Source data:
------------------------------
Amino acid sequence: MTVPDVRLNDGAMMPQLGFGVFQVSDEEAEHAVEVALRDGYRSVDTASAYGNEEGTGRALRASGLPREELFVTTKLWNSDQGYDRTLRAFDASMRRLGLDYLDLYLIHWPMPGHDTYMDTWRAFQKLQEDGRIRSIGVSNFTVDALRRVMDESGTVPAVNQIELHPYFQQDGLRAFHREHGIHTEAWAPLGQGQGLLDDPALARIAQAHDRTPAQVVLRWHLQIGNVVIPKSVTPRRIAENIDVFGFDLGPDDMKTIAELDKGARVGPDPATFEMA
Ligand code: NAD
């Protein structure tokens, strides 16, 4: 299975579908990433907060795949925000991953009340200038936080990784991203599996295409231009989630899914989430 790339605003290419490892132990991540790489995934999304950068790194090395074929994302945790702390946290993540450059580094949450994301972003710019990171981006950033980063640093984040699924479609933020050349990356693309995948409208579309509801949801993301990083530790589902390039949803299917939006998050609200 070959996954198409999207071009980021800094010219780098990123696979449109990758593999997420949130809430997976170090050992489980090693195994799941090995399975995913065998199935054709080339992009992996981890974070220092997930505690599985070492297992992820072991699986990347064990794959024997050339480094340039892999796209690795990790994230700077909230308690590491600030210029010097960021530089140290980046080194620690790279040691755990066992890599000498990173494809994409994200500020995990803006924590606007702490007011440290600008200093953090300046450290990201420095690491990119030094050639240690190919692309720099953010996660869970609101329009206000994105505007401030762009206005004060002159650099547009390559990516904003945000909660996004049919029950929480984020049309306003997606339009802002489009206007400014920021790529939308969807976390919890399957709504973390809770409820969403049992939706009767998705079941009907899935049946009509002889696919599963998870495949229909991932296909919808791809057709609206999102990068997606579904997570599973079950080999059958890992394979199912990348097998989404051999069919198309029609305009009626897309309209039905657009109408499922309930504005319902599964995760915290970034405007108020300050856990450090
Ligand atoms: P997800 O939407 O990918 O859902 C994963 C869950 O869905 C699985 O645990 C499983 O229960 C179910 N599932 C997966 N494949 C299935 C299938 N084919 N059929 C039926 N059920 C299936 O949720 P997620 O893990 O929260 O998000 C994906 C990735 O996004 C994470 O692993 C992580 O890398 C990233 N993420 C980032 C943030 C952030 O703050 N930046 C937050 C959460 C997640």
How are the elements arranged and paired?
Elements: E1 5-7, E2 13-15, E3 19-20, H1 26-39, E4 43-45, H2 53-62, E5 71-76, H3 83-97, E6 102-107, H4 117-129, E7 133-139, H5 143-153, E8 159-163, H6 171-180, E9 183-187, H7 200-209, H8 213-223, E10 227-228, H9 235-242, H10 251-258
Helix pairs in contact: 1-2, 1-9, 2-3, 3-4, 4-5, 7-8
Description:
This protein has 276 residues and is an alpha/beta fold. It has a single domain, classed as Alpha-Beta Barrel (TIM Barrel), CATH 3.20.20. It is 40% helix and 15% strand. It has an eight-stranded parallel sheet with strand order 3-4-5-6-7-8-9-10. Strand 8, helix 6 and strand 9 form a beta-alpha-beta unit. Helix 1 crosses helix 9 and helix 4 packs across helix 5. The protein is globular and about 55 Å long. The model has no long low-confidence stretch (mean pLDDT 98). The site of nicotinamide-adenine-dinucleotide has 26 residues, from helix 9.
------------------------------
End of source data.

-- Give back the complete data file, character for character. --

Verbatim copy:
Amino acid sequence: MTVPDVRLNDGAMMPQLGFGVFQVSDEEAEHAVEVALRDGYRSVDTASAYGNEEGTGRALRASGLPREELFVTTKLWNSDQGYDRTLRAFDASMRRLGLDYLDLYLIHWPMPGHDTYMDTWRAFQKLQEDGRIRSIGVSNFTVDALRRVMDESGTVPAVNQIELHPYFQQDGLRAFHREHGIHTEAWAPLGQGQGLLDDPALARIAQAHDRTPAQVVLRWHLQIGNVVIPKSVTPRRIAENIDVFGFDLGPDDMKTIAELDKGARVGPDPATFEMA
Ligand code: NAD
């Protein structure tokens, strides 16, 4: 299975579908990433907060795949925000991953009340200038936080990784991203599996295409231009989630899914989430 790339605003290419490892132990991540790489995934999304950068790194090395074929994302945790702390946290993540450059580094949450994301972003710019990171981006950033980063640093984040699924479609933020050349990356693309995948409208579309509801949801993301990083530790589902390039949803299917939006998050609200 070959996954198409999207071009980021800094010219780098990123696979449109990758593999997420949130809430997976170090050992489980090693195994799941090995399975995913065998199935054709080339992009992996981890974070220092997930505690599985070492297992992820072991699986990347064990794959024997050339480094340039892999796209690795990790994230700077909230308690590491600030210029010097960021530089140290980046080194620690790279040691755990066992890599000498990173494809994409994200500020995990803006924590606007702490007011440290600008200093953090300046450290990201420095690491990119030094050639240690190919692309720099953010996660869970609101329009206000994105505007401030762009206005004060002159650099547009390559990516904003945000909660996004049919029950929480984020049309306003997606339009802002489009206007400014920021790529939308969807976390919890399957709504973390809770409820969403049992939706009767998705079941009907899935049946009509002889696919599963998870495949229909991932296909919808791809057709609206999102990068997606579904997570599973079950080999059958890992394979199912990348097998989404051999069919198309029609305009009626897309309209039905657009109408499922309930504005319902599964995760915290970034405007108020300050856990450090
Ligand atoms: P997800 O939407 O990918 O859902 C994963 C869950 O869905 C699985 O645990 C499983 O229960 C179910 N599932 C997966 N494949 C299935 C299938 N084919 N059929 C039926 N059920 C299936 O949720 P997620 O893990 O929260 O998000 C994906 C990735 O996004 C994470 O692993 C992580 O890398 C990233 N993420 C980032 C943030 C952030 O703050 N930046 C937050 C959460 C997640």
How are the elements arranged and paired?
Elements: E1 5-7, E2 13-15, E3 19-20, H1 26-39, E4 43-45, H2 53-62, E5 71-76, H3 83-97, E6 102-107, H4 117-129, E7 133-139, H5 143-153, E8 159-163, H6 171-180, E9 183-187, H7 200-209, H8 213-223, E10 227-228, H9 235-242, H10 251-258
Helix pairs in contact: 1-2, 1-9, 2-3, 3-4, 4-5, 7-8
Description:
This protein has 276 residues and is an alpha/beta fold. It has a single domain, classed as Alpha-Beta Barrel (TIM Barrel), CATH 3.20.20. It is 40% helix and 15% strand. It has an eight-stranded parallel sheet with strand order 3-4-5-6-7-8-9-10. Strand 8, helix 6 and strand 9 form a beta-alpha-beta unit. Helix 1 crosses helix 9 and helix 4 packs across helix 5. The protein is globular and about 55 Å long. The model has no long low-confidence stretch (mean pLDDT 98). The site of nicotinamide-adenine-dinucleotide has 26 residues, from helix 9.